The Bureau of Public Enterprises and a former chairman of the Nigerian Electricity Regulatory Commission, Sam Amadi, have clashed over the perceived poor performance of the power sector despite its privatisation and numerous reforms.
In 2013, the former Power Holding Company of Nigeria (PHCN) was unbundled into 11 electricity distribution companies (DISCos), six generating companies (GENCos), and one transmission company (TCN).
Nigerians expected efficiency and optimal performance of the sector in terms of improved capacity in generation, distribution, and supply of electricity to consumers.
However, despite the privatisation and reforms, the output from the sector remains poor, at an average of 3,600 megawatts.
The Transmission Company of Nigeria (TCN), the agency responsible for the transmission of electricity consumers said the peak output of 5,357 megawatts was attained last February.
The Ministry of Power and the DISCOs have been trading blames on who should be held responsible for the poor performance of the sector.
Privatisation fundamentally flawed
Mr Amadi said in an interview with The Cable newspaper that the reforms and privatisation of the power sector were fundamentally flawed.
The former NERC boss, who is now a lecturer at Baze University, Abuja, said if the sector is to work and deliver value to the people, the privatisation processes should be reviewed and the underlining mistake corrected.
“What I said was that after all the reforms and privatisation, the country has not got the desired result. We should review the processes adopted to see where things may have gone wrong,” he told PREMIUM TIMES on the telephone on Saturday.
“I did not say anybody rigged the process, ‘chopped’ money, or was not transparent. What I said was that there must be something that was fundamentally wrong that the privatisation has not worked.
“If we do not rejig the context and the process, it will not work.”
According to Mr Amadi, a serious government would institute a public inquiry in the power sector where all interest groups will speak on what is wrong with the sector.
“I stand by my word that the privatisation of the power sector was badly designed to fail,” he said.
“The benchmark BPE used to get the DISCOs into the sector was not one that would have allowed them to do better than the government they took over from.
“The benchmark only allowed people with capacities that would allow them do marginally better than the government.
“There was no proper evaluation of those who took over the power assets. For instance, those technical partners, how much have they contributed so far? How much have the DISCOs budgeted to upgrade the system? After eight years, there is no SCADA to monitor the power distribution system.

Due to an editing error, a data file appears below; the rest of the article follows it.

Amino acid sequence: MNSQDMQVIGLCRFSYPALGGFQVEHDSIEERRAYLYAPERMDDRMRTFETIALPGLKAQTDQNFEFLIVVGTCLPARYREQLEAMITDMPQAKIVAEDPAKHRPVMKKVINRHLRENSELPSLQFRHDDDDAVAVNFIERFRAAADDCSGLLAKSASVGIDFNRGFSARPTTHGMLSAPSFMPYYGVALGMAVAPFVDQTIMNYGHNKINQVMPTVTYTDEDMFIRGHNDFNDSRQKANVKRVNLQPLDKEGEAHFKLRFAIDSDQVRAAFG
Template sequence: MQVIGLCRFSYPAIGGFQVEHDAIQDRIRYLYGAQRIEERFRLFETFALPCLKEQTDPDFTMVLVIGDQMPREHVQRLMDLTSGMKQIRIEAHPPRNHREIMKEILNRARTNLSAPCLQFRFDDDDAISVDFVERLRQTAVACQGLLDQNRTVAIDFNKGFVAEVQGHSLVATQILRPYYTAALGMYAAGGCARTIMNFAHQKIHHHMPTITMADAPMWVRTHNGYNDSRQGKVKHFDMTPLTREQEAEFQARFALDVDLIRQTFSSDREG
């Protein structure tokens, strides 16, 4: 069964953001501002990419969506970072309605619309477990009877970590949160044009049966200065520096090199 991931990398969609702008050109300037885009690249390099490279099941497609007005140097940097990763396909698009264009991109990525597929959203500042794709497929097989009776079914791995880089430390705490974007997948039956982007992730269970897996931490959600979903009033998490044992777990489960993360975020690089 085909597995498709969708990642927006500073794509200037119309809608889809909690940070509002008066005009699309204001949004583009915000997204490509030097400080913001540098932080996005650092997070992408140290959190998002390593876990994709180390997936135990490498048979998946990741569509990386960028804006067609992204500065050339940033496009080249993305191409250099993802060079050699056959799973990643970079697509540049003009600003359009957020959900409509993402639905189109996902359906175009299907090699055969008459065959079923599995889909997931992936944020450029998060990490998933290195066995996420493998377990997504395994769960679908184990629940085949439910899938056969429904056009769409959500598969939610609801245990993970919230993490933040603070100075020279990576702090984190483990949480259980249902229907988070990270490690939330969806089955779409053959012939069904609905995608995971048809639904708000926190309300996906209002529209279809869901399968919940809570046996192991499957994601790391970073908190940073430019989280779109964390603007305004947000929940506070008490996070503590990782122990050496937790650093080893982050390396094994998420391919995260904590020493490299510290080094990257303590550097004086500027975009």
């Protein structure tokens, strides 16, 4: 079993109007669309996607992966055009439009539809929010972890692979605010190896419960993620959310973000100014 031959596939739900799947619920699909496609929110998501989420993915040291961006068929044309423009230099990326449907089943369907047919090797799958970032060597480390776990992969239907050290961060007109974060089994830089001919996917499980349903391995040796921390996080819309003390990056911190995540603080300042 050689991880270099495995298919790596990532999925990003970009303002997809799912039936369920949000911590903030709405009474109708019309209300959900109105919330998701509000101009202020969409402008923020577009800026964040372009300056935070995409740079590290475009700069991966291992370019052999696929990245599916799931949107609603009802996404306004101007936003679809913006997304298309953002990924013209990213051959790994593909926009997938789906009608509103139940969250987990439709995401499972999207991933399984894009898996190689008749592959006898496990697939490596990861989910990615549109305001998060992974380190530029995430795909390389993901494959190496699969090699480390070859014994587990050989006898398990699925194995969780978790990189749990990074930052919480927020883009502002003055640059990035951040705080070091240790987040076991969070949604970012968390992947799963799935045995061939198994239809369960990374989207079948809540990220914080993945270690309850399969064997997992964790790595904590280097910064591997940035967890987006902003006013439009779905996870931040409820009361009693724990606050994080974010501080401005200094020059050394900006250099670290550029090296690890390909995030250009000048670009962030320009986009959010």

“We did not even have the corporate governance structure. Up till now, there is no corporate governance code on how to manage the DISCOs. We do not even have any audited account. There is no customer enumeration data on the number of customers.
“These are the things that should have been in place before privatising. If it is going to work we could have set out the structures to make it work. But, we did not do it.
“If you continue this privatisation the way it is, without going back to where the mistake is, we will not get a good result. There is something really fundamentally wrong about the reform,” Mr Amadi said.
In its response, the BPE in a series of tweets published on Friday said the alleged failure of the sector must be a shared responsibility with NERC, as the “Bureau worked closely with NERC in delivering the power sector transaction.”
“The design of the reform framework was never the exclusive work of the Bureau given that the power sector policy the Act that replaced the old NEPA Act and the eventual sector structure were subjected to stakeholder reviews through intensive workshops,” the bureau said.
According to the BPE, all the transaction documents, such as request for proposal (RFP), draft contracts, evaluation criteria, etc. were all endorsed by NERC before they were issued to bidders.
Besides, it said the evaluation of the technical bids received from bidders was carried out by a panel, which included representatives from NERC, Federal Ministry of Power, NEXANT (funded by USAID), NIAF (funded by DFID), Presidential Task Force on Power (PTFP), CPCS (Transaction Advisers) and the Bureau.
The evaluation, the BPE said, was observed by operatives from anti-graft agencies and the DSS, “with members of the evaluation team having a combined experience of over 300 years in the relevant subject matter”.
“It, therefore, beggars belief that somebody who was appointed Chairman of NERC with zero years of experience in the power sector should sit in judgment over the outcome of PHCN successor company’s evaluation,” the BPE said.